Political Film Society - Three Seasons

PFS Film Review
Three Seasons


With the war in Yugoslavia rapidly turning a modern country into a Third World nation, release of Three Seasons, a film about contemporary Vietnam, seems unusually well timed. Despite the fact that the United States was allied with Ho Chi Minh during World War II, Vietnam was engaged in civil war from 1945 to 1975, and for the last decade of that war was bombed and invaded by Americans who believed that they were helping a people to stop Communism. Then for another 15 years, Vietnam was subject to an embargo and not allowed by the West and its allies to recover from the damage or the wounds of the war. Although American documentaries have been coming out of Vietnam for the last fifteen years, and the French have given us The Lover (1991) and Indochine (1993), Americans have been obsessed with films featuring Rambos and anti-Rambos. Now, youthful director-author-coproducer Vietnamese-American Tony Bui gives us a very different update of Vietnam in this film through the lives of several of its unfortunate victims. Of his three seasons—birth, life, and death—he focuses most on the time between birth and death when life must have meaning to be worth living. Shot in the environs of Ho Chi Minh City, we see the beauty of nature and the ugliness of human settlements, with a haunting trace of the American presence for the nostalgic. In the beginning of the film, we observe Kien An, a female orphan (played by Ngoc Hiep Nguyen), whose application to be a lotus picker and street seller has just been accepted; in due course, she finds redemption in translating poems of Teacher Dao, her employer (played by Manh Cuong Tran), who is disabled by leprosy, while her fellow lotus-pickers are content to enjoy singing as they work. Among the pedicab drivers, who await customers outside opulent hotels, Hai (played by Don Duong) finds redemption by courting Lan, a prostitute (played by Zoe Bui); lacking families, they are ultimately drawn together by his tenderness. Woody, a five-year-old urchin (played by Huu Duoc Nguen), tries to sell junk trinkets to survive, and has to endure rudeness from hotel management while pursuing his craft, but he finds joy in a game of soccer with boys his age in the rain. A haunted American war veteran, James Hager (played by Harvey Keitel, who is also the executive producer of the film), returns to claim his daughter, an Amerasian whose rejection by Vietnamese society means that she can only obtain income as a prostitute for foreigners. Some of the lives of the characters crisscross, but that is not the point of the film, which challenges us to discover a universal message—that people make mistakes and suffer as a result, but life can still have meaning if we can just be kind and help one another. With cinematography that reminds us of last year’s The Thin Red Line, the film Three Seasons was the rage of this year’s Sundance Festival, winning the Grand Jury Prize, the award for Best Cinematography, and the Audience Award. Censors in Vietnam cleared the film in its present form, which appears to tell Americans, in Hager’s words, to find "some peace with this place" by returning. However, the film is designed to be unsettling to Americans, who are collectively responsible for the tragically fragmented society that we view and could, if motivated by unselfish impulses, claim the children that they fathered, adopt adorable orphans and urchins seeking a better life, and provide humanitarian assistance to a highly cultured and literate country that heroically refused to be "bombed into the Stone Age." Many will walk out of the theatre baffled, unmoved, and unimpressed—except at Sundance, where Three Seasons received a standing ovation at its first screening. MH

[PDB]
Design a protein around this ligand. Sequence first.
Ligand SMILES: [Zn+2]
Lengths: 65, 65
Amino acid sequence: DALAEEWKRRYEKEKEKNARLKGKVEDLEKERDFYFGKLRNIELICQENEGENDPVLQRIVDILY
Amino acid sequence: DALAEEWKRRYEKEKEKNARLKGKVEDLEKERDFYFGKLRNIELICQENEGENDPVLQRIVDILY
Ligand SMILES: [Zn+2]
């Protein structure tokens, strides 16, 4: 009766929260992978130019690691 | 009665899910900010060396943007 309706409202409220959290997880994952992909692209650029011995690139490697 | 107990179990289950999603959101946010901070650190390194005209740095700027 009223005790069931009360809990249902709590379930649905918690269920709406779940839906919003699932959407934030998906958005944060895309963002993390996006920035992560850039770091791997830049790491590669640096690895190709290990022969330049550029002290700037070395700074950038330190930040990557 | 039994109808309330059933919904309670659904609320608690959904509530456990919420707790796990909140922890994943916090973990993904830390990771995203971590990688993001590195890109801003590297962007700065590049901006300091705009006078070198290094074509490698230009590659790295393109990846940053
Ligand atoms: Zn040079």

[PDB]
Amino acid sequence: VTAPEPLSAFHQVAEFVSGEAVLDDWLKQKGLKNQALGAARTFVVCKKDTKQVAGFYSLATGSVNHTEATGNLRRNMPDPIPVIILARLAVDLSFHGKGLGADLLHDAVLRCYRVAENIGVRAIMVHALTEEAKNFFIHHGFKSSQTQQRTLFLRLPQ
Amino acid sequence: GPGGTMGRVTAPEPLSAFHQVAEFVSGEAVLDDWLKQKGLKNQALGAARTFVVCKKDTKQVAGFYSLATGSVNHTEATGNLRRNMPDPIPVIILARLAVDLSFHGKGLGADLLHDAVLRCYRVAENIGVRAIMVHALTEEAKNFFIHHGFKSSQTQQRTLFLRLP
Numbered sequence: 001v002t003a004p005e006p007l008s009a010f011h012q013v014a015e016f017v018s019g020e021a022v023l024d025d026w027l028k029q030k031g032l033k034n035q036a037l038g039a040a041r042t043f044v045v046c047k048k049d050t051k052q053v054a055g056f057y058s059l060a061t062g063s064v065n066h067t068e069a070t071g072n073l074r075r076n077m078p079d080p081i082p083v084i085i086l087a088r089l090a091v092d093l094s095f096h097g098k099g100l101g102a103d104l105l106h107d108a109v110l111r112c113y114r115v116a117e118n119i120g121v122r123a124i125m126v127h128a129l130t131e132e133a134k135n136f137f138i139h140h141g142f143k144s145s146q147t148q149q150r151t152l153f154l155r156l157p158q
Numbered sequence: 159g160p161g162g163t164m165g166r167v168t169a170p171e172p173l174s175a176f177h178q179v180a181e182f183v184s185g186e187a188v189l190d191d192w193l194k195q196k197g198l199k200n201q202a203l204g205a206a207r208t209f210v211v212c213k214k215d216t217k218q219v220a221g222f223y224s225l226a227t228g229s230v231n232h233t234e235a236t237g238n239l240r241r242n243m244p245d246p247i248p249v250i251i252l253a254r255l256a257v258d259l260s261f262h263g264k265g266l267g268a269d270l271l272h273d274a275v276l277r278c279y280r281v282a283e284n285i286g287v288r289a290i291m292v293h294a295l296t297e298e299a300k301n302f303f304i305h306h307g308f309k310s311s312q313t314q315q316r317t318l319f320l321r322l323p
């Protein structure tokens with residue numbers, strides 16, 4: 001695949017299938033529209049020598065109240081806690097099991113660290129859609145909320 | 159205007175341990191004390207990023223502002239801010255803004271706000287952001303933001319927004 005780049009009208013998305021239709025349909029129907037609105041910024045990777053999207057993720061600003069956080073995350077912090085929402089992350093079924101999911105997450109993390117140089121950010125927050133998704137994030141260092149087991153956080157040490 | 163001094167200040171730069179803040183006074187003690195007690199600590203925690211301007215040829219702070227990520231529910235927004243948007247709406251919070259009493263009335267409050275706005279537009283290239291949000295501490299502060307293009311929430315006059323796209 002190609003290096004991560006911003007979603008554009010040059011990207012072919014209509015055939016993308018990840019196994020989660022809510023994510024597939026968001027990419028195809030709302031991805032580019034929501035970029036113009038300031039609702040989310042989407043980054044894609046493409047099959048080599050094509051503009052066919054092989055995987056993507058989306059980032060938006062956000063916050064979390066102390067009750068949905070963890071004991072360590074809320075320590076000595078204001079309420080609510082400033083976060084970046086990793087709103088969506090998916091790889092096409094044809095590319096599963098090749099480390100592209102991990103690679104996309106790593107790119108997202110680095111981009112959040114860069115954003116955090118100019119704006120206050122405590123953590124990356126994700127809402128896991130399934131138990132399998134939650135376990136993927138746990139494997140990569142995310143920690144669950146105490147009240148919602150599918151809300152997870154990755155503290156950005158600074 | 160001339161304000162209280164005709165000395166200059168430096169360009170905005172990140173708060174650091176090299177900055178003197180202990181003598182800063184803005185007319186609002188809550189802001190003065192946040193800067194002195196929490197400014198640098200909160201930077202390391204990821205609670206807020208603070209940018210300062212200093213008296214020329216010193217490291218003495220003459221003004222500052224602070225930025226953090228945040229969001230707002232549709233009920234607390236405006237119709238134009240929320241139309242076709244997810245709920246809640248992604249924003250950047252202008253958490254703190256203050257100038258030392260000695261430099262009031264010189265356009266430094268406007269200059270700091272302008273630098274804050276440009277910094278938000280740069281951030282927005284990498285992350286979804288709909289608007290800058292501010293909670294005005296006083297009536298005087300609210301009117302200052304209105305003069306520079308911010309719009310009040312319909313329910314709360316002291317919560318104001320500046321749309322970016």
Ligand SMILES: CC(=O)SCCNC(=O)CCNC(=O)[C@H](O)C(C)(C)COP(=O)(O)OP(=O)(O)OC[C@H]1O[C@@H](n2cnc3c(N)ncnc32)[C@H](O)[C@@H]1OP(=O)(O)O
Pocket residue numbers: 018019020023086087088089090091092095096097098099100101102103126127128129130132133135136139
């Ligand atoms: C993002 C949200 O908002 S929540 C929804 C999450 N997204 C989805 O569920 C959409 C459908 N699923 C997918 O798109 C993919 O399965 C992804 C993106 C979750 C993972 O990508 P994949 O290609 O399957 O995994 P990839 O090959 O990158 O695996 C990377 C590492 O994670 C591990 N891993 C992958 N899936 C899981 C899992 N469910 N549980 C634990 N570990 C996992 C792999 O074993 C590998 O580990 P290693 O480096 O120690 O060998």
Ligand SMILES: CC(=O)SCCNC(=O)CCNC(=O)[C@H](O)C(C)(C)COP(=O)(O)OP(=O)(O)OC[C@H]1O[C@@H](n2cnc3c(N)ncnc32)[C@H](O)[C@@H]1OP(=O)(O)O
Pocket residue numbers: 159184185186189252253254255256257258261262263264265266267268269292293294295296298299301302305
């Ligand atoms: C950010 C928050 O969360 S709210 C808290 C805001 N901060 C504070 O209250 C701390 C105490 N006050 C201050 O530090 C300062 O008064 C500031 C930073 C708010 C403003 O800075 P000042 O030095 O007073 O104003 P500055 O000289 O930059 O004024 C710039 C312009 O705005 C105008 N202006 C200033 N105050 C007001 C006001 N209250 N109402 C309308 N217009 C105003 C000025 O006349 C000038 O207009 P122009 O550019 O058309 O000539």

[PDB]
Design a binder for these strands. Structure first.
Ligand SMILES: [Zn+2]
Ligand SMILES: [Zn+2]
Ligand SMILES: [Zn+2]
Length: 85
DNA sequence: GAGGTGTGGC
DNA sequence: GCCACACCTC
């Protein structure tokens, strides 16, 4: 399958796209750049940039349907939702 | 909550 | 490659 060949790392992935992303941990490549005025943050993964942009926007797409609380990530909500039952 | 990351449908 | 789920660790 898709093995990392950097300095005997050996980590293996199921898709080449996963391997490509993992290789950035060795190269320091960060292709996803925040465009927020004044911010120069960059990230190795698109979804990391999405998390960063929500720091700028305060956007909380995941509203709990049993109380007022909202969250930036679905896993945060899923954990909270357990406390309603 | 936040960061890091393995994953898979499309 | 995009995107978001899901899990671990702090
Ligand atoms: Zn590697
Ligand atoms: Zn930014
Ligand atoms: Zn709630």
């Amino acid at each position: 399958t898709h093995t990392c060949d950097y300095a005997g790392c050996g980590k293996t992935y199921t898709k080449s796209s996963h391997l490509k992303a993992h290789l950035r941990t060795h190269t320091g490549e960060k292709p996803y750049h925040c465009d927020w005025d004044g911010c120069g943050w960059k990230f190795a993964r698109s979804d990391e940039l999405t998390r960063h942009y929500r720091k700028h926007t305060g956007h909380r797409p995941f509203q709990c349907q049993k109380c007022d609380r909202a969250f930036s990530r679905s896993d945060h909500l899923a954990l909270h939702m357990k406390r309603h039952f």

I want to comment on this film